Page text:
As United States voters prepare for contentious midterm elections on Nov. 8, Kenneth Roberts, Richard J. Schwartz Professor of Government, College of Arts and Sciences (A&S), sees some cause for concern.
From his recent research in Ecuador and evidence ripped from headlines worldwide, when political parties stoke partisan conflicts – often by contesting formal state institutions, like systems for managing elections – actual democratic capacity may take a hit as public opinion polarizes.
Understanding what drives this polarization is critical to protecting democracy, Roberts said. He leads the Democratic Threats and Resilience research priority at the Mario Einaudi Center for International Studies and also serves as faculty lead for the new Cornell Global Hubs partnership with the Universidad San Francisco de Quito (USFQ) in Ecuador.
Roberts teamed up in June with Paolo Moncagatta, dean of social sciences at USFQ, to conduct focus group interviews with Ecuadorian citizens exploring how conflict and polarization are expressed in party systems and electoral competition. Their aim was to identify ways to build bridges between diverse social and political camps in Ecuador.
“In Ecuador and other Latin American countries, polarization is often a function of political exclusion or the lack of political voice and representation,” Roberts said. “Our focus groups demonstrated that political leaders who violate democratic norms and procedures exacerbate polarization.”
Looking toward the midterm elections, he observed, “That finding resonates with our own experience in the U.S. as we march toward elections in November in a highly polarized environment: the basic rules of the electoral process are no longer mutually recognized, and they are increasingly contested by major political actors.”
Hannah Drexler ’24 joined the study with Roberts and Moncagatta as a global summer intern through Einaudi’s Latin American and Caribbean Studies Program. An A&S Robert S. Harris College Scholar and student of politics, Drexler experienced the local polarization firsthand when protests over environmental degradation led by Ecuador’s Indigenous movement paralyzed the streets of Quito, near the Cumbayá campus, halfway through her six-week internship.
“I grew as a person as I engaged empathetically with this political event and its consequences as a researcher and visitor to Ecuador,” she said.
Drexler’s experience at the Ecuador Hub is an example of how Hubs facilitate a broader learning experience for students, Roberts said.
“The Hubs create relationships and networks that allow our students to connect to do research,” Roberts said. “Students see more concrete ways to use some of the learning they’ve had at Cornell – to take it into the field and begin to apply it in new and creative ways.”
The protests in Ecuador are just one piece of the worldwide puzzle of polarization, Roberts explained. One of the most serious threats is the growing trend in the United States and elsewhere for political leaders and their parties to challenge the integrity and professionalism of government institutions designed to manage elections, uphold the rule of law and provide checks on executive power.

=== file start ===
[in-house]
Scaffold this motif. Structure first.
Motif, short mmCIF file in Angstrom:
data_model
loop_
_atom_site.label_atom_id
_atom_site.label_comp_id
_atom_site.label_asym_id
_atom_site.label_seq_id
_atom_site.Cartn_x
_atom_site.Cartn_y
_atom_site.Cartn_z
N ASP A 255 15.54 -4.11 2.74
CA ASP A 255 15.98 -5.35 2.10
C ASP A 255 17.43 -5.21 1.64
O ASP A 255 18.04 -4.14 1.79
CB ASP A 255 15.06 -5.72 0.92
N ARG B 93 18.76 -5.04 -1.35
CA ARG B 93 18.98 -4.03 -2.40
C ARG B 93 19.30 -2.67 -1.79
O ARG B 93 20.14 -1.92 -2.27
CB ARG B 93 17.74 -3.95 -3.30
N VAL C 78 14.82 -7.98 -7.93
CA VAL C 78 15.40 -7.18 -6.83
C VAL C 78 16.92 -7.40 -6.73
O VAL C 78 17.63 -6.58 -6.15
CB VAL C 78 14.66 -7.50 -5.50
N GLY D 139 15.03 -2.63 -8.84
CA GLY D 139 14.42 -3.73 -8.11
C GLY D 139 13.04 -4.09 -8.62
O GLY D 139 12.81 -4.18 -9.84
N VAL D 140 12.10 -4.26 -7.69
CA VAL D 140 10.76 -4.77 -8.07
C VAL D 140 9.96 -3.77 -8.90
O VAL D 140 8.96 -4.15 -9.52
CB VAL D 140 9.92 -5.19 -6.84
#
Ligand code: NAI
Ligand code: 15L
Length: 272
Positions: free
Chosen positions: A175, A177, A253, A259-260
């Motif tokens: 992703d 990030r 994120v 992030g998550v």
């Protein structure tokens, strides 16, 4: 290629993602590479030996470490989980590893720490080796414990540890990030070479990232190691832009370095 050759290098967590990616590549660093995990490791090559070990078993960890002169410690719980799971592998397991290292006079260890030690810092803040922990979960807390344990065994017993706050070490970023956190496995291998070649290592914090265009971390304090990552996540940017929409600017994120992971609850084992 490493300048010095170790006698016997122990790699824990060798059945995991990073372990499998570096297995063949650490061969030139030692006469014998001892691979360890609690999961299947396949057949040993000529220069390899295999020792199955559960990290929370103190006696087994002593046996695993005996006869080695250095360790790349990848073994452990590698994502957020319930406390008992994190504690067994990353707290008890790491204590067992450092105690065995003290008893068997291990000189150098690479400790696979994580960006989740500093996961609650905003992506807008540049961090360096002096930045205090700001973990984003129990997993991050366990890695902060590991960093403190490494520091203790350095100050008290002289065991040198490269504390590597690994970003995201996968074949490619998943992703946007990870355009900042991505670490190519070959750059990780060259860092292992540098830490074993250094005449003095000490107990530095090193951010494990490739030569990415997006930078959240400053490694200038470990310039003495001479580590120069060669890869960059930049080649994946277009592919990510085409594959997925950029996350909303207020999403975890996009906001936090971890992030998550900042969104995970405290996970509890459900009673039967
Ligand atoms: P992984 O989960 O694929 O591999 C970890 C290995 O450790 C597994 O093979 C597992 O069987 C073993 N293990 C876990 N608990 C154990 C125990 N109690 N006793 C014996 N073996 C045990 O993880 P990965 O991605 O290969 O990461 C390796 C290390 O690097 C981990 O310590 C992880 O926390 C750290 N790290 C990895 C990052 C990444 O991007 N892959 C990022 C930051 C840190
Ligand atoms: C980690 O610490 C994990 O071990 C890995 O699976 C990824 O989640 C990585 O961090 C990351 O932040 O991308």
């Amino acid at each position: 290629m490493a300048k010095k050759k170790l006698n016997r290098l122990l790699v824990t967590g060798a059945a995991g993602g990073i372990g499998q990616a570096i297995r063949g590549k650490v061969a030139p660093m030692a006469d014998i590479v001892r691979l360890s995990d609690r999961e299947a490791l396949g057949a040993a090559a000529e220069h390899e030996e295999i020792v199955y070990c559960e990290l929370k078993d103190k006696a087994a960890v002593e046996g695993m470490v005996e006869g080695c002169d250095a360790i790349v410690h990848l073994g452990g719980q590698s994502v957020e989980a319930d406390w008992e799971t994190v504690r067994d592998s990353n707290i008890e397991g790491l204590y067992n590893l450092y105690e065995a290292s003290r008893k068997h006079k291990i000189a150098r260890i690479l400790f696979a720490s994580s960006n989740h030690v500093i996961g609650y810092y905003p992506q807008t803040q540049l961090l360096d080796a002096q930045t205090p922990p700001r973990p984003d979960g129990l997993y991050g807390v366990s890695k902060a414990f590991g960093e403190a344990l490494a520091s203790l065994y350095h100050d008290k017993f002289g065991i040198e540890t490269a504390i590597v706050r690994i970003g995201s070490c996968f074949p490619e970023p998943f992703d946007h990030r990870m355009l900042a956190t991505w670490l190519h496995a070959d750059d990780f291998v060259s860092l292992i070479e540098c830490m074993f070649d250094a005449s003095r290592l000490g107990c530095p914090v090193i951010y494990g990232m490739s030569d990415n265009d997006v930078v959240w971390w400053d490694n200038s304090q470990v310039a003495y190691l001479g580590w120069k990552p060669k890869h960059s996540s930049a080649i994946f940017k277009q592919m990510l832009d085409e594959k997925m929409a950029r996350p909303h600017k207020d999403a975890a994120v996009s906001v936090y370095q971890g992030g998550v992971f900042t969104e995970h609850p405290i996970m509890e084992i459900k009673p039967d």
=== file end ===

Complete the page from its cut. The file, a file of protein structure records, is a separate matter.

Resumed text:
“Democracy is imperiled when rival actors cannot craft mutually reliable, independent and nonpartisan institutions to regulate political competition,” he said.
At the Einaudi Center, Roberts is collaborating with colleagues to identify the factors that make democratic institutions vulnerable to internal subversion – an assessment of threats that requires a global perspective.
“Cornell is one of the few places with a research collaboration between American politics and comparative politics scholars who study crises of democracy,” Roberts said. “That leads to a rich dialogue among us about these questions.”
Roberts is planning a new project with Rachel Beatty Riedl, the Einaudi Center’s director and John S. Knight Professor of International Studies and professor in the Department of Government (A&S) and Cornell Jeb E. Brooks School of Public Policy. Working with the United States Agency for International Development, their research team will explore pathways to open up and maintain democratic spaces that are under attack.
“We are trying to understand the role of civil society organizations – not just formal state institutions but social organizations – in making sure the media is able to operate freely and the electoral machinery is functioning properly,” Roberts said.
“From legislatures to electoral management systems to courts, institutions that are necessary for democratic practice are being used to limit rights, liberties and freedoms,” said Riedl.
“Whether in our own backyard or around the world, we see the urgency of these research questions and the applied nature of our work,” she said. “For our students, this firsthand experience is transformational, and it builds the next generation of global democratic champions.”